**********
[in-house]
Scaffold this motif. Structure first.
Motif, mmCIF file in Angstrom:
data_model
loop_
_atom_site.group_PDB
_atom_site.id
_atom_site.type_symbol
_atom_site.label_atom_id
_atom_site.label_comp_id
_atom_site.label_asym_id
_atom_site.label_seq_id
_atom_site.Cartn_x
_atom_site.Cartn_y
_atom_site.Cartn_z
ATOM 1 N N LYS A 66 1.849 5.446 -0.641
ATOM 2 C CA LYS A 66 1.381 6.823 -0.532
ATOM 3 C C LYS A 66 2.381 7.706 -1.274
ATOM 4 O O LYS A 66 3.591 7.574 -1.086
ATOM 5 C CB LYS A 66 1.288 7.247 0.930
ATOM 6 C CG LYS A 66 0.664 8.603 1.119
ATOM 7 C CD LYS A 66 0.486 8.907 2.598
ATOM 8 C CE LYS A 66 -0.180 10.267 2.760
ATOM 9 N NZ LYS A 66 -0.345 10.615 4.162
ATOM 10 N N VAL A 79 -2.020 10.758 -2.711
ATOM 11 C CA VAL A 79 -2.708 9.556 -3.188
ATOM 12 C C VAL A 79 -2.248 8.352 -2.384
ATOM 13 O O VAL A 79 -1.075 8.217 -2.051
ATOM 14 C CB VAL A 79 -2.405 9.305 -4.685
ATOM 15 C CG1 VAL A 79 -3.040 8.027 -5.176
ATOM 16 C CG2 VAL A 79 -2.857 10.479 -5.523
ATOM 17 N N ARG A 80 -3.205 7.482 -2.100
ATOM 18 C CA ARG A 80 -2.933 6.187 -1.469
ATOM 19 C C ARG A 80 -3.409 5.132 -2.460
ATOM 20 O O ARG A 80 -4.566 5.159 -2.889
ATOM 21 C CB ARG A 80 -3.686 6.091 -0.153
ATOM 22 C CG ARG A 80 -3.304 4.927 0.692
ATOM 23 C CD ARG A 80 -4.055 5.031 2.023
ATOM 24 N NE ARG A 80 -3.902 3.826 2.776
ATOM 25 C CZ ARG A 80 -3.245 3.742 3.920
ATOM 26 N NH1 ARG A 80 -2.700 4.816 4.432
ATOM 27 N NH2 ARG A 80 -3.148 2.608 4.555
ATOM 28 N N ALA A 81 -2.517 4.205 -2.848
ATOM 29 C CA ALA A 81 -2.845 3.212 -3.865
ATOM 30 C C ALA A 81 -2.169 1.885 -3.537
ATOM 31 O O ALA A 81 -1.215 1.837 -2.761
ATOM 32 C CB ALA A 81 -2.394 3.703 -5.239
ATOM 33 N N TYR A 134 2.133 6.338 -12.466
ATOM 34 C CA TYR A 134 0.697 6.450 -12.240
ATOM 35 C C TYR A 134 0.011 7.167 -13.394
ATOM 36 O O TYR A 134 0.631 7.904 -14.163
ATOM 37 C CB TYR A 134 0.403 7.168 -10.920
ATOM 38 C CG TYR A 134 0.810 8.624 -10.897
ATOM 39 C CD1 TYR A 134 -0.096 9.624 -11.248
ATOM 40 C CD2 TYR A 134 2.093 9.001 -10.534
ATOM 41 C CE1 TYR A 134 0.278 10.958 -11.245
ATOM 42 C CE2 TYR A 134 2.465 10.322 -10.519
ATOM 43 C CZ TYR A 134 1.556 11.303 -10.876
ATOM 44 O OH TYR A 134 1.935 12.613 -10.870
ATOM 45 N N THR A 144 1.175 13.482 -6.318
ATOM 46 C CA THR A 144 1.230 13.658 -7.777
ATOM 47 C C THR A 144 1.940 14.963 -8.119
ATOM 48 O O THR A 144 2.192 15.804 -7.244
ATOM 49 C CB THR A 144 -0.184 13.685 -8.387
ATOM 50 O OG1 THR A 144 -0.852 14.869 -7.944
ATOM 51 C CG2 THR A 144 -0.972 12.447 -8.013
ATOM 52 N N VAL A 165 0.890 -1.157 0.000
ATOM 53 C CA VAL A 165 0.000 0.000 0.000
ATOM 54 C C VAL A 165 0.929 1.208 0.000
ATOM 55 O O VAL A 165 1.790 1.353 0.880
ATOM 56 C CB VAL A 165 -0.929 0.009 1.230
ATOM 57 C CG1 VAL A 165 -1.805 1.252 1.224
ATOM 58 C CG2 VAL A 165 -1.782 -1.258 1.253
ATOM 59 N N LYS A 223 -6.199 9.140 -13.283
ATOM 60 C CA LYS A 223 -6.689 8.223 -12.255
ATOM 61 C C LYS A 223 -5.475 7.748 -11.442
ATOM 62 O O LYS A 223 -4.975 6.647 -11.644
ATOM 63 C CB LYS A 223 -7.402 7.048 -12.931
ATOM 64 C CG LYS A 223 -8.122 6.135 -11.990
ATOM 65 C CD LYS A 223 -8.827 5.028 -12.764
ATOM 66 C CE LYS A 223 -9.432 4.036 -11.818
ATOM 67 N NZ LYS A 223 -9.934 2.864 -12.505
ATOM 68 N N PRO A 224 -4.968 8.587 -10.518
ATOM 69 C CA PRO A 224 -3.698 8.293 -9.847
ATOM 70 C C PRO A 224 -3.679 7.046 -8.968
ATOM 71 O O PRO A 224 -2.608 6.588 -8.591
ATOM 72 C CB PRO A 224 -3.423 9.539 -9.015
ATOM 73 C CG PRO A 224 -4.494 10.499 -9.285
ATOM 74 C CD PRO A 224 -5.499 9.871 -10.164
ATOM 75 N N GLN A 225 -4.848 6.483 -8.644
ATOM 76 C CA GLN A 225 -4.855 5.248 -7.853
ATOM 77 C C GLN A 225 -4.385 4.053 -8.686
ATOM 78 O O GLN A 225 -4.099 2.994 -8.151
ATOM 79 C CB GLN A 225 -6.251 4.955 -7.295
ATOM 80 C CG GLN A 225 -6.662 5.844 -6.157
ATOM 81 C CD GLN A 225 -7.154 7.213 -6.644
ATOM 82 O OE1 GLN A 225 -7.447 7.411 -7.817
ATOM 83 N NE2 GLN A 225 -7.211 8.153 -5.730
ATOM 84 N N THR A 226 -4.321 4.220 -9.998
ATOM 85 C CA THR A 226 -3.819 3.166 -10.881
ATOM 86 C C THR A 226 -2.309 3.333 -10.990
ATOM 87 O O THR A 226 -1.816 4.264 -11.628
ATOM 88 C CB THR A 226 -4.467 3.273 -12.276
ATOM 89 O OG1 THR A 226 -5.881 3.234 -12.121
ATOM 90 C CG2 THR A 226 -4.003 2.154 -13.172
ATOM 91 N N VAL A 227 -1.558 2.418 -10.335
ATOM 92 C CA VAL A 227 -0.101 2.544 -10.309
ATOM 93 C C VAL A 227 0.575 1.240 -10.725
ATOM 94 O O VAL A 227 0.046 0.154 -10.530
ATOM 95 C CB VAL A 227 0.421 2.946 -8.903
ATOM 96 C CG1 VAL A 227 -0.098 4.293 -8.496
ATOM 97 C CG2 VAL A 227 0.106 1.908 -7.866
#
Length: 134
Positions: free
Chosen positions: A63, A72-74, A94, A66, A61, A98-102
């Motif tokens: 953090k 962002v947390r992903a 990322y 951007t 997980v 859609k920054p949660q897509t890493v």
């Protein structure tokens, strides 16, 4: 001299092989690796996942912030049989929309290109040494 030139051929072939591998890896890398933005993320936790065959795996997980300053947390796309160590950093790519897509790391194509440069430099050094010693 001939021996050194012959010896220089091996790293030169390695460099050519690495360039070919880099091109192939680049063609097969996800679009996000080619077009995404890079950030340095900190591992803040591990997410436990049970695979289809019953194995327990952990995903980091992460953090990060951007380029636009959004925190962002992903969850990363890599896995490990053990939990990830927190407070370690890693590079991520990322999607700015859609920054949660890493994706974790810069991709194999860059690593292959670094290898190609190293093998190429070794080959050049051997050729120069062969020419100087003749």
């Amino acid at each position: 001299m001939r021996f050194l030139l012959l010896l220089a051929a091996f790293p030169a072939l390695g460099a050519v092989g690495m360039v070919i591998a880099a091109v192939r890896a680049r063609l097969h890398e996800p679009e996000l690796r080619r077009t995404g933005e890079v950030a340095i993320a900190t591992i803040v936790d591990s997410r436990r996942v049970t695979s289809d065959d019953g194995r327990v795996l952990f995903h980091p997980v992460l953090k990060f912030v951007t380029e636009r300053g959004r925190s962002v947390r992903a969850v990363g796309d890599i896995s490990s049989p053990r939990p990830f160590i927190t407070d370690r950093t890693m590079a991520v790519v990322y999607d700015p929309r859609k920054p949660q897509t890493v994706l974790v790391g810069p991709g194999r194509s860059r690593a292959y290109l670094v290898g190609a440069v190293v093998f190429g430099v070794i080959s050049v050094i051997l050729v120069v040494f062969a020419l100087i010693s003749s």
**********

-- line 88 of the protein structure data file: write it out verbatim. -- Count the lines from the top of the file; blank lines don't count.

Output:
ATOM 73 C CG PRO A 224 -4.494 10.499 -9.285